TOLEDO, Ohio (AP) -- Arizona State coach Charli Turner Thorne outlined her team's plan for trying to pull off a monumental upset against unbeaten Notre Dame.
''We're thinking of shooting about 80 percent,'' she joked. ''We feel like that will do it.''
The ninth-seeded Sun Devils will indeed have to be almost flawless Monday night if they're going to knock off the Fighting Irish. Notre Dame has been to three straight Final Fours and has won its last 14 games this season by double digits.
The Irish (33-0) are a No. 1 seed in the NCAA tournament for a third consecutive season and showed no signs of slowing down in a 51-point win over Robert Morris in the first round Saturday.
''I think when you're playing well you just can't wait to get back out there,'' Notre Dame coach Muffet McGraw said. ''Arizona State's a very good team - very balanced, very versatile and very physical.''
Turner Thorne was being facetious when she talked about shooting 80 percent against the Irish, but the Sun Devils (23-9) did finish at 62 percent in their first-round win over Vanderbilt, overcoming turnovers and foul trouble to eliminate the Commodores.
Now, Arizona State faces the same question as so many other underdogs: Will the Sun Devils try to slow the game down against Notre Dame in an effort to keep it close?
''When you're playing a team that wants a high-possession game and they're favored, do you play the crawl ball?'' Turner Thorne said. ''I've definitely done that before. With our team, I think with Notre Dame, you've got to be aggressive and you've got to take the good look when you get it. I don't think we can come down and hold the ball and then expect to get a good shot.''
Here are five things to watch when the Irish take on the Sun Devils:
CROWN JEWELL: McGraw had some high praise Sunday for sophomore guard Jewell Loyd, Notre Dame's leading scorer. The 5-foot-10 Loyd is averaging 18.4 points per game - and a remarkable 6.3 rebounds.
''There's no question, she's the best athlete we've ever had,'' said McGraw, the coach of the Irish since 1987. ''She does some phenomenal things with and without the ball that nobody has ever been able to do before at Notre Dame.''
FOUL TROUBLE: Arizona State beat Vanderbilt despite a 27-9 disadvantage in free throws attempted. That's not an ideal formula, obviously.
The Commodores went only 14 of 27 from the line. Notre Dame shoots 75 percent from the stripe on the season.
The Sun Devils will try to force the Irish to rely on their half-court offense.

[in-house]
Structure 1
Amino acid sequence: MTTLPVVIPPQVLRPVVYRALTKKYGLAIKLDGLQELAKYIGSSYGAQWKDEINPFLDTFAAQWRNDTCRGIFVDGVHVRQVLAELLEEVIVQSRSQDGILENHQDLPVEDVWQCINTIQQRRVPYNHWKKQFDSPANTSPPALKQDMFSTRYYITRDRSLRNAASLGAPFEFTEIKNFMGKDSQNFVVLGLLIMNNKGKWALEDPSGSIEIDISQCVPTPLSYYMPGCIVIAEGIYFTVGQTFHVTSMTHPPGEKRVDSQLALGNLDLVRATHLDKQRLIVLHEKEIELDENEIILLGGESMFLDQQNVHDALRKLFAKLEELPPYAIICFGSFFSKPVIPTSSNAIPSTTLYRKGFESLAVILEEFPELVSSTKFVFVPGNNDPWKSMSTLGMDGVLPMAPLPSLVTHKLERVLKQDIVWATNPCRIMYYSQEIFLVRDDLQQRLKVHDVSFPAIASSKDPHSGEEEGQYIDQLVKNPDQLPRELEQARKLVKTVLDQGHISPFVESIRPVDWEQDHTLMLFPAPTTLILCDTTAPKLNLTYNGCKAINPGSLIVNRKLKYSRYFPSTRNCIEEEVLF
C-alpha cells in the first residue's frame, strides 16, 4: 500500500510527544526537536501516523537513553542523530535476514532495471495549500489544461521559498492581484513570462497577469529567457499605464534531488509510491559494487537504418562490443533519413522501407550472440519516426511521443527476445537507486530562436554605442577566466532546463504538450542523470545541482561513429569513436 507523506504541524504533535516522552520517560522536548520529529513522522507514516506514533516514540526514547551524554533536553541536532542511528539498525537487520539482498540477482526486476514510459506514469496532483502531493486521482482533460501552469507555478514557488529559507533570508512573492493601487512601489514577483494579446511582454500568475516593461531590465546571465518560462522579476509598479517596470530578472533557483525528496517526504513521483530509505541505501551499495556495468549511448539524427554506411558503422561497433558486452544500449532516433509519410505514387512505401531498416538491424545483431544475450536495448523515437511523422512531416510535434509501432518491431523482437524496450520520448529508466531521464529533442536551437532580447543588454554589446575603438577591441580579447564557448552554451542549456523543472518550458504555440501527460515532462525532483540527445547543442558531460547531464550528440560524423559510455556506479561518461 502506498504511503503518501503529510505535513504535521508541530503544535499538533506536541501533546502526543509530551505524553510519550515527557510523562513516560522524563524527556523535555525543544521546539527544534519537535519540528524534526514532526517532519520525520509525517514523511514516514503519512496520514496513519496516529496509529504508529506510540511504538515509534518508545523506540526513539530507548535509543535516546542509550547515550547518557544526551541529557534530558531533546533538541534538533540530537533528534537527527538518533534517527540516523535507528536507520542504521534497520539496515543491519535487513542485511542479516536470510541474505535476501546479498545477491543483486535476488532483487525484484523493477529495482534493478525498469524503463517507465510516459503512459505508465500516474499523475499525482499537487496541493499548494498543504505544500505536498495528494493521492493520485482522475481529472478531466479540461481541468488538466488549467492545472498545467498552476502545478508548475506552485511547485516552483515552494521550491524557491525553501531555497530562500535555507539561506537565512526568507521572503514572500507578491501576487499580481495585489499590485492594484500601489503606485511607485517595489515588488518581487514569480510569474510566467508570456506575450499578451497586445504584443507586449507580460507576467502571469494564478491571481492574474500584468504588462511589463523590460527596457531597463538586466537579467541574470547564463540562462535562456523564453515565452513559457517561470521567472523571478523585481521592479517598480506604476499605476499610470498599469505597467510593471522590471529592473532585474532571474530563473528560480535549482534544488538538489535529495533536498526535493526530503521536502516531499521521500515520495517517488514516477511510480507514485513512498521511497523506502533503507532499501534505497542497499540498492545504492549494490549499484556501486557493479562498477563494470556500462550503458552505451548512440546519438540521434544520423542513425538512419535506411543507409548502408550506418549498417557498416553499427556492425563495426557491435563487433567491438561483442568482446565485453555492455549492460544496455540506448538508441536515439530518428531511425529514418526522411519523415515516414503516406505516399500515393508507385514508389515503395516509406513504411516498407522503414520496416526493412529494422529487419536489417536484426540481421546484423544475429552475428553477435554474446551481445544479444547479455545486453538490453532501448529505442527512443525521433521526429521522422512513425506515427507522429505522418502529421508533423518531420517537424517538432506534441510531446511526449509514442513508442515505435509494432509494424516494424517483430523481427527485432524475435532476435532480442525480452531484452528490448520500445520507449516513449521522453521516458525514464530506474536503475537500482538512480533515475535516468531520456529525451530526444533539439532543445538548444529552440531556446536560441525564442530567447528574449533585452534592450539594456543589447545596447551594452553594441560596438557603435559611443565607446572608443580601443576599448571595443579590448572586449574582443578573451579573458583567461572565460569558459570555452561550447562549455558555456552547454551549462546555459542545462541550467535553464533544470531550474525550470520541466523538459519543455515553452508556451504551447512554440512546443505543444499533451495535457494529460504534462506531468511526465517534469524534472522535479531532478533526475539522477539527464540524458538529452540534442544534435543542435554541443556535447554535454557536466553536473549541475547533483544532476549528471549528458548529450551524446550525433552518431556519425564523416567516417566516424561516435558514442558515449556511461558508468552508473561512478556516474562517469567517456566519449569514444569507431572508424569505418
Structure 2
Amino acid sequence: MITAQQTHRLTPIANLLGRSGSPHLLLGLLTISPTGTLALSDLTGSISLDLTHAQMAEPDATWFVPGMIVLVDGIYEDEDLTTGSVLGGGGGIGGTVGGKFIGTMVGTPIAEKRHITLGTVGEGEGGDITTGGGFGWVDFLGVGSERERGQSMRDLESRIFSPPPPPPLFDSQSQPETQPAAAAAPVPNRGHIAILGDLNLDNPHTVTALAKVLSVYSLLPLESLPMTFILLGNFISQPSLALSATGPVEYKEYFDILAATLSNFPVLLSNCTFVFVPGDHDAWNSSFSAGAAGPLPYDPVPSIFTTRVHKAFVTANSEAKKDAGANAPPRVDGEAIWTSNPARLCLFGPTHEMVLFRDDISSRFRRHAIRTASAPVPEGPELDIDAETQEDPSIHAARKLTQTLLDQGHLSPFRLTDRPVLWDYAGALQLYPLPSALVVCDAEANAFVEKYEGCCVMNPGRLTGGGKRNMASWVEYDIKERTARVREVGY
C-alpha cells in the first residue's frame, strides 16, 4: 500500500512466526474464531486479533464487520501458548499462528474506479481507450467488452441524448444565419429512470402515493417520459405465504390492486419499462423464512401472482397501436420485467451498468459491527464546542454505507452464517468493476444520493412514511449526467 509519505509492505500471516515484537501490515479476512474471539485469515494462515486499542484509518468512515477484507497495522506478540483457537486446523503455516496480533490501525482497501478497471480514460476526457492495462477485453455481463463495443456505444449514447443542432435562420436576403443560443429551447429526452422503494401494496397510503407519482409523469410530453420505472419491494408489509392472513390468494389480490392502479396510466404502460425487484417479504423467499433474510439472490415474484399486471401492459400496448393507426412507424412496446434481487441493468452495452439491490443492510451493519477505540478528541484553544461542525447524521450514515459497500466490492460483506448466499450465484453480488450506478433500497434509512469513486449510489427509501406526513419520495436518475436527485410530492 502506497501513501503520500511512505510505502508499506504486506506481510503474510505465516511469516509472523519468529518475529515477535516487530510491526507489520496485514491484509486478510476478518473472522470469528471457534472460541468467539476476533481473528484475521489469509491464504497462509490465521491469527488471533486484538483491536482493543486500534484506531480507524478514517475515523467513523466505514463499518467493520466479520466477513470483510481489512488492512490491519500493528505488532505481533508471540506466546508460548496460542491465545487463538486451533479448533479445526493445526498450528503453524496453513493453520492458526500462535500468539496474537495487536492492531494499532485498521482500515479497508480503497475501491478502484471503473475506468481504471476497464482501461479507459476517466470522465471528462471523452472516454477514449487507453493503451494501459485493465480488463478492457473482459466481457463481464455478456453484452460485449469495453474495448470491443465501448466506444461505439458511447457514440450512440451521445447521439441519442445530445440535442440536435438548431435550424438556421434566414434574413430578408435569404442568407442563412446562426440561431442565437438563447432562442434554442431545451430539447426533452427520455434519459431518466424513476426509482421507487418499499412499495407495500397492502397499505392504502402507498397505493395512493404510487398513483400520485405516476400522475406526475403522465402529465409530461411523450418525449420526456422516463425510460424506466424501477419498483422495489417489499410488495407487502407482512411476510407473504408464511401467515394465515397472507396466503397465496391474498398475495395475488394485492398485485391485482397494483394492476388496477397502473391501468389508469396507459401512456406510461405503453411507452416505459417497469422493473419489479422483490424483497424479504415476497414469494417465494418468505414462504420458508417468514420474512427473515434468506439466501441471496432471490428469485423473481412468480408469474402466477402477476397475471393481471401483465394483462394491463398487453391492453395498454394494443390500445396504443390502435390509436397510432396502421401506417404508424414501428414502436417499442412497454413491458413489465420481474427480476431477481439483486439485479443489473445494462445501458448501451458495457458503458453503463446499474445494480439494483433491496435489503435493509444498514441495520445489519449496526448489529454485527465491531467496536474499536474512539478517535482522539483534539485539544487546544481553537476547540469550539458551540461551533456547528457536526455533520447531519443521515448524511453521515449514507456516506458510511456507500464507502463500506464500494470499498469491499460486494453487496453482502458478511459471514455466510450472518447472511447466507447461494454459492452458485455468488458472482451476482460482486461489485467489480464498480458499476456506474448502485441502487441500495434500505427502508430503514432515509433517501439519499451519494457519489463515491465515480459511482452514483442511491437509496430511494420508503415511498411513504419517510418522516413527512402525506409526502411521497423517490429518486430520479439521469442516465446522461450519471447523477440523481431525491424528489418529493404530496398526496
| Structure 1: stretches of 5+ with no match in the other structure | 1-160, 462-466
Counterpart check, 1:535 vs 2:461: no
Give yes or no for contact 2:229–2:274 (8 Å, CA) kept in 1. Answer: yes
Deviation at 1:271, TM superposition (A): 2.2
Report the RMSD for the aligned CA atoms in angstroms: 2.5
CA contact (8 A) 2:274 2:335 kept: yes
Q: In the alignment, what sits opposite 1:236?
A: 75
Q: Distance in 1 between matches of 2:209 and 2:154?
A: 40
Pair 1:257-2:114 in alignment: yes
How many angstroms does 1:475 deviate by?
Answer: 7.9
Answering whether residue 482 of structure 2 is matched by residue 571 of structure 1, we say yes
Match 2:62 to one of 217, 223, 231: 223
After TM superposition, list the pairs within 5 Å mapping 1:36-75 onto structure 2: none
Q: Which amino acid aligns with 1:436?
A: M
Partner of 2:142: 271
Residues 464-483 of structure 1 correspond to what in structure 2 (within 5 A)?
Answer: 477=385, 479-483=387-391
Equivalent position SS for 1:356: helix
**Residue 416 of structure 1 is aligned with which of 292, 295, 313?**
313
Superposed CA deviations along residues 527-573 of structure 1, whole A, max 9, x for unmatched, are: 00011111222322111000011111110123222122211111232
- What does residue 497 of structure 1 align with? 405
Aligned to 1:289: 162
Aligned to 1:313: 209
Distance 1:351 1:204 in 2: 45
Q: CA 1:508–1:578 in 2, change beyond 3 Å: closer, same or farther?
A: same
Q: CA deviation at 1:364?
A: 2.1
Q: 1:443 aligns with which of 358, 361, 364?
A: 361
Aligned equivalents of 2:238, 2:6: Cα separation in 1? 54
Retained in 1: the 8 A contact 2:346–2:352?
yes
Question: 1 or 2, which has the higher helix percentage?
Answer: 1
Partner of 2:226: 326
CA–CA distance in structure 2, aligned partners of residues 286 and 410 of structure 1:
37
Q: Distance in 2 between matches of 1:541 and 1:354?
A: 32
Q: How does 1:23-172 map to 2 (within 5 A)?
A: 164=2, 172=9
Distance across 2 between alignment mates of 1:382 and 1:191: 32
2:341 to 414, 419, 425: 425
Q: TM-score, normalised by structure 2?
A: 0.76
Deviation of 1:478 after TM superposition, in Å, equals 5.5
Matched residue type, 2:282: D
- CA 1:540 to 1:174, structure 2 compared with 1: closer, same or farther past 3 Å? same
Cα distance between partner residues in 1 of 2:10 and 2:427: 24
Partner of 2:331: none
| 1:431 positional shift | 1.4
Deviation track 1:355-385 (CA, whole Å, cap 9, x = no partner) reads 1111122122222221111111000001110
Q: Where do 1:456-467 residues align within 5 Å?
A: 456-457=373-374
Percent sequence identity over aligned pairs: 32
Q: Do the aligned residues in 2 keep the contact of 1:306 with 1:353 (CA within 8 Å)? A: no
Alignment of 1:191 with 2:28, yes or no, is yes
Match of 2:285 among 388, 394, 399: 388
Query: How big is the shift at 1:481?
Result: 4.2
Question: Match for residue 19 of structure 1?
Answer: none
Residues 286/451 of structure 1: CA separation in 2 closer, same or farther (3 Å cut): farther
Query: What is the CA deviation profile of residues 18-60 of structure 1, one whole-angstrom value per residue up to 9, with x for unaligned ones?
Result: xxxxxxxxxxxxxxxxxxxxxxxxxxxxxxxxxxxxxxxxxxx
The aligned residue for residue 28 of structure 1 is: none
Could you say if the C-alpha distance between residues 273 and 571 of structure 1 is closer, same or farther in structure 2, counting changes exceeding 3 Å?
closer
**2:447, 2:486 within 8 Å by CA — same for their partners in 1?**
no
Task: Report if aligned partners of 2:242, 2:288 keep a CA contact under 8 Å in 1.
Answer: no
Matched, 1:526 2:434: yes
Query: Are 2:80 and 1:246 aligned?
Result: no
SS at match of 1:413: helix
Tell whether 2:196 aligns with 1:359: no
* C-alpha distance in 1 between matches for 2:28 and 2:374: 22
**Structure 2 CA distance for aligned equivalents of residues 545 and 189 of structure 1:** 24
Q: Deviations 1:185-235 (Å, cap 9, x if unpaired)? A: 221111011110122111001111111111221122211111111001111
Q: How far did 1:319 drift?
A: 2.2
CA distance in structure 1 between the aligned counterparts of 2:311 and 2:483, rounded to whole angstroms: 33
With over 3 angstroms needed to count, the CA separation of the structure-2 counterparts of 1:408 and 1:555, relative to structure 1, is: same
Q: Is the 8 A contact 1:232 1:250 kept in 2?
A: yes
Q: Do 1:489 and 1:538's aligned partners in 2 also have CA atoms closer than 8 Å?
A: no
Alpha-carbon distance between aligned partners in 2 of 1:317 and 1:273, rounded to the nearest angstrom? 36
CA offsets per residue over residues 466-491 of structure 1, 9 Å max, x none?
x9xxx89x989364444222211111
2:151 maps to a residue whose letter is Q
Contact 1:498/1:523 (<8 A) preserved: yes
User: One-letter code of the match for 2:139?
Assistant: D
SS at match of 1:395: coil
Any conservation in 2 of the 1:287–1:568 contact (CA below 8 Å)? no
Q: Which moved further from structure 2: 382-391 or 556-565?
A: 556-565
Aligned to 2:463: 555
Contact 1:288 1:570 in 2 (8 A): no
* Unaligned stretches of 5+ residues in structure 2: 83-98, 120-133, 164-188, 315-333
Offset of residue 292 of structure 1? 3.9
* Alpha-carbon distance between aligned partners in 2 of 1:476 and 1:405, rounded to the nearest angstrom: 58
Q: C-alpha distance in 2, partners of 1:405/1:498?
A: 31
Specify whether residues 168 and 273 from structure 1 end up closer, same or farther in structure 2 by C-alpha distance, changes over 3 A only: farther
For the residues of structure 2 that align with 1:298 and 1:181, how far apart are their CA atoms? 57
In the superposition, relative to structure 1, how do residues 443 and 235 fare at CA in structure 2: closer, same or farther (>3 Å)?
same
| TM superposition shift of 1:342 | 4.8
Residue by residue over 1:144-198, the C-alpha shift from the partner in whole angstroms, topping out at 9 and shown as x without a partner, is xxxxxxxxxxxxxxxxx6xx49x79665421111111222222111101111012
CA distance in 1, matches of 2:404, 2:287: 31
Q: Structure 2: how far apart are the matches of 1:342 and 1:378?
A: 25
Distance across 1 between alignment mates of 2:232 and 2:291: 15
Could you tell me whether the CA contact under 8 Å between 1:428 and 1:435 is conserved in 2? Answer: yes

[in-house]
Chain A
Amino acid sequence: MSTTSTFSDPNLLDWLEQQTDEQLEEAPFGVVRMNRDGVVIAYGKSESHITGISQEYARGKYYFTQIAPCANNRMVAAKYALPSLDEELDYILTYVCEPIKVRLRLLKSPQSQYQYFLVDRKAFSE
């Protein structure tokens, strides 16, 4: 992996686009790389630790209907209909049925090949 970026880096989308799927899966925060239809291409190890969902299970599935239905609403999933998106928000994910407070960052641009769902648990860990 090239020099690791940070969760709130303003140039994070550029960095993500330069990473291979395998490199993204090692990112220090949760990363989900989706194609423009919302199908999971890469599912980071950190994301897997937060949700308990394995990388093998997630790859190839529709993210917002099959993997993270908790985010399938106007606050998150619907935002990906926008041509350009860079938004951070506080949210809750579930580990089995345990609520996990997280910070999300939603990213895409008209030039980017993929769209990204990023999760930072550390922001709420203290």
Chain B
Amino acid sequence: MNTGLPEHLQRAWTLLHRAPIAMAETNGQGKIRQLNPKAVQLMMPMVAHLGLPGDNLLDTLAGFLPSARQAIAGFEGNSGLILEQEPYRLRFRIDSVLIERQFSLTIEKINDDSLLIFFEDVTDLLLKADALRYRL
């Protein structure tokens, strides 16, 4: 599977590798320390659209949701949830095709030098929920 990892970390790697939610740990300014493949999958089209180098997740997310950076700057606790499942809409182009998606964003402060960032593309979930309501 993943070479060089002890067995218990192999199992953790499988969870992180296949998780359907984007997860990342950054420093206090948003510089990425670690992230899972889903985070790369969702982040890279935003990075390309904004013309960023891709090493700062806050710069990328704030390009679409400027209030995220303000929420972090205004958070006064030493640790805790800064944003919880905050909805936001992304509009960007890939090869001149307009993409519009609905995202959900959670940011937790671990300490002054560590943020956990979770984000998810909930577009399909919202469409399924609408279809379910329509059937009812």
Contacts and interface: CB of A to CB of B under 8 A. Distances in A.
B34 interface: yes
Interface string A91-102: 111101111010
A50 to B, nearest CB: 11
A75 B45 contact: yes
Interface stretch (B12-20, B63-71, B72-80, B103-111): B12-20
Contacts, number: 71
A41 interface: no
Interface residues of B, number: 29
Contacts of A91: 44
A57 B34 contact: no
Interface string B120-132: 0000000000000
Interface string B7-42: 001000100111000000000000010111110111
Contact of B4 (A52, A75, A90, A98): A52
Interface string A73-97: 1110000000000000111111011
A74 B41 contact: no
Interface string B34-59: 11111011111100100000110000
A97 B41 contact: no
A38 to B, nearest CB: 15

''If we can limit their easy looks, take away their transition, take away their second shots, don't put them on the free throw line - that takes away about 30-35 points,'' Turner Thorne said. ''Now you may be in position to beat them.''
McGraw hinted that she hopes the game will be called tightly.
''We do like to have some freedom of movement on offense,'' she said. ''We hope that we'll be allowed to do that.''
ALL HANDS ON DECK: Arizona State's depth was on full display in the first round, when 11 players were in the game for at least six minutes. That's part of the reason the Sun Devils were able to overcome their foul problems.
''We can't let up,'' Notre Dame's Kayla McBride said. ''They play 11 deep. They're going to be putting them in and out and pressuring us. We need to get them out of their comfort zone.''
SCOUTING OPPORTUNITY? Notre Dame played after Arizona State on Saturday, so the Sun Devils had a chance to watch the Irish a bit in their 93-42 win over Robert Morris.
Turner Thorne smiled during a question about whether Notre Dame's performance was intimidating.
''They executed their game plan yesterday, and they had a pretty large lead, but we're just really excited for this challenge,'' Arizona State's Kelsey Moos said.
Later, after the players had left the news conference, Turner Thorne seemed proud of their refusal to give away the team's strategy or provide any bulletin board material.
''They kept it pretty close to the vest there, huh?'' Turner Thorne said. ''They've been coached up well.''
HISTORICAL PERSPECTIVE: The Irish won a national title in 2001, but Turner Thorne said this might be the best of McGraw's teams at Notre Dame.
''I think they are as good as any team I have ever prepared for,'' Turner Thorne said. ''They have the statistics and the balance. I think they have had more depth than they have had in the past. ... This is the deepest team that Muffet has had.''